Nemo's Garden by Environment category finalist Giacomo d'Orlanda explores the hope for alternate models of food cultivation. "Agriculture represents 70% of freshwater use around the globe and with the world’s population projected to increase to 10 billion by the end of the century, it has become imperative to find alternative and ecologically sustainable methods of cultivation," he said."Nemo’s Garden – the world’s first underwater greenhouse – offers a possible solution. This completely self-sustainable project explores an alternative farming system that could be implemented in areas where environmental or geo-morphological conditions make the growth of plants almost impossible." Photo courtesy of Giacomo d'Orlando / Sony World Photography Awards

"He is a volunteer in a Covid-19 rescue unit," Documentary Projects finalist Kyaw Zay Yar Lin from Myanmar said. "He wears a PPE suite throughout the day while undertaking his duties. His philanthropy includes spraying biocide in public places, taking contact patients to hospitals and wrapping dead bodies in winding sheets. He transfers cadavers from hospitals, or homes, to the cemetery with other volunteers.This work is stressful and demanding. He prays to see the end of this pandemic as soon as possible. But for now, his work isn’t finished." Photo courtesy of Kyaw Zay Yar Lin / Sony World Photography Awards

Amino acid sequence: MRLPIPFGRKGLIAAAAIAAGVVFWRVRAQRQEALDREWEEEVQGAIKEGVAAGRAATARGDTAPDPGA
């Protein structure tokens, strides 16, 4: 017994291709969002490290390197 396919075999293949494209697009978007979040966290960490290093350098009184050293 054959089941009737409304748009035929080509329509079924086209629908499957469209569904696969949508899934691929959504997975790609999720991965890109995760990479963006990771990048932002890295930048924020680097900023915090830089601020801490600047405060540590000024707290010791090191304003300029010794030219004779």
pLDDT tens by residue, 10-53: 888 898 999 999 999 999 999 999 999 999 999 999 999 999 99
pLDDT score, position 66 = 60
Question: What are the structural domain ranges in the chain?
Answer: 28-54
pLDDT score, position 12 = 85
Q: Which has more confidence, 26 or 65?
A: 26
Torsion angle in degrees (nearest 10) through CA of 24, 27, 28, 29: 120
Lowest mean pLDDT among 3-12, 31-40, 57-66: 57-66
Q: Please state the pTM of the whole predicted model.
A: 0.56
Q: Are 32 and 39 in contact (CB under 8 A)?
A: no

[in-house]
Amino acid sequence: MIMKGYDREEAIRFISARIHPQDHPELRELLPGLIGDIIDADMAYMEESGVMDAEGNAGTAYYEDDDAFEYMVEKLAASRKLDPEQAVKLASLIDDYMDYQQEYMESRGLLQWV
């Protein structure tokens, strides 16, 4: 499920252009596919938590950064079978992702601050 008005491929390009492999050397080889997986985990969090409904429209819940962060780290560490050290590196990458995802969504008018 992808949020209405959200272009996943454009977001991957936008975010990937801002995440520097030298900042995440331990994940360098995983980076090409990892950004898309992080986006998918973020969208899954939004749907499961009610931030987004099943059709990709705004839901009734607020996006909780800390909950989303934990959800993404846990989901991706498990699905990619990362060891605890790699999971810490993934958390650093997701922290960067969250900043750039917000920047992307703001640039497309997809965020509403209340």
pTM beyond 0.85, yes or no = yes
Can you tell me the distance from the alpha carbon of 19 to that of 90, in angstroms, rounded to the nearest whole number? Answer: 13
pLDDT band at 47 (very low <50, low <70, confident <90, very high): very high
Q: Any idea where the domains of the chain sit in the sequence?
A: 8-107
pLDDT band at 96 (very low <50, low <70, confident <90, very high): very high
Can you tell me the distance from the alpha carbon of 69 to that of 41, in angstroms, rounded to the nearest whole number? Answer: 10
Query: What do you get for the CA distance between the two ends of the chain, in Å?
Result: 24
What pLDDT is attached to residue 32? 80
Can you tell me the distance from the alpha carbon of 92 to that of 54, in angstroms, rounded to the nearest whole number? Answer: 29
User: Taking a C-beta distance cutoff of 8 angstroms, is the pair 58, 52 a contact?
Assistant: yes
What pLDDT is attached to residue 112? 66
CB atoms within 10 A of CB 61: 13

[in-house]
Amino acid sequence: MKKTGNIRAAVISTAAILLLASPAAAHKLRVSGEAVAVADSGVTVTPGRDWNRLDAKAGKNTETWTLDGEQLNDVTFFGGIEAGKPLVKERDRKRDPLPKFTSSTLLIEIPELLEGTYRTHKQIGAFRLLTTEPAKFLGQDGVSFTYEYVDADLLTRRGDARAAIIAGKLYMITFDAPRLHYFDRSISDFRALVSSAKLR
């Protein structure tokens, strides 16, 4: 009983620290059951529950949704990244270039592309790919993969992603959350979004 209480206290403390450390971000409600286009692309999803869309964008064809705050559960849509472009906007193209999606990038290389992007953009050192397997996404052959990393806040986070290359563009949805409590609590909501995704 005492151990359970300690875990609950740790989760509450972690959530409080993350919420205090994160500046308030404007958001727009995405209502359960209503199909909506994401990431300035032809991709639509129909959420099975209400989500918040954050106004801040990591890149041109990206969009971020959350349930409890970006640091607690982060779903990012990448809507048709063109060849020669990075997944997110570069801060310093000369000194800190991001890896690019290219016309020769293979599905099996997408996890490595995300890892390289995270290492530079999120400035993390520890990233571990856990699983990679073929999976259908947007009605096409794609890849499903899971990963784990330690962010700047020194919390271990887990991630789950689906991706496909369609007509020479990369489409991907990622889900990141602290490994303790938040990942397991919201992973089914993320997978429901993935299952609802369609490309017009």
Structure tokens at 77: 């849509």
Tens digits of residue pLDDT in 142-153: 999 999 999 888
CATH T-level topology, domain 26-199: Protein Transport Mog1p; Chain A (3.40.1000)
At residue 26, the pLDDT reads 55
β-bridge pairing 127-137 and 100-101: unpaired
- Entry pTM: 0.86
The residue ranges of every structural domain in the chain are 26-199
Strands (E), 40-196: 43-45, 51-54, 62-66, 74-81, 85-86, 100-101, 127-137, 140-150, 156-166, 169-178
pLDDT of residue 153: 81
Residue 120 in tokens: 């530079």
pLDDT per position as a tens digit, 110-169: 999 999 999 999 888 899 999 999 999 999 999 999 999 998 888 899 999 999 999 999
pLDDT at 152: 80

"Gabura Union is located on the southwestern coast of Bangladesh," said photographer Shunta Kimura on his project that explores the impact of the climate crisis in Bangladesh. "It is one of the most vulnerable areas to the impacts of climate change, and many residents often suffer from its effects. These include river erosion, landslides, rising salinity levels in fresh water sources and collapsing infrastructure, caused by the tropical cyclones that occur frequently." Photo courtesy of Shunta Kimura / Sony World Photography Awards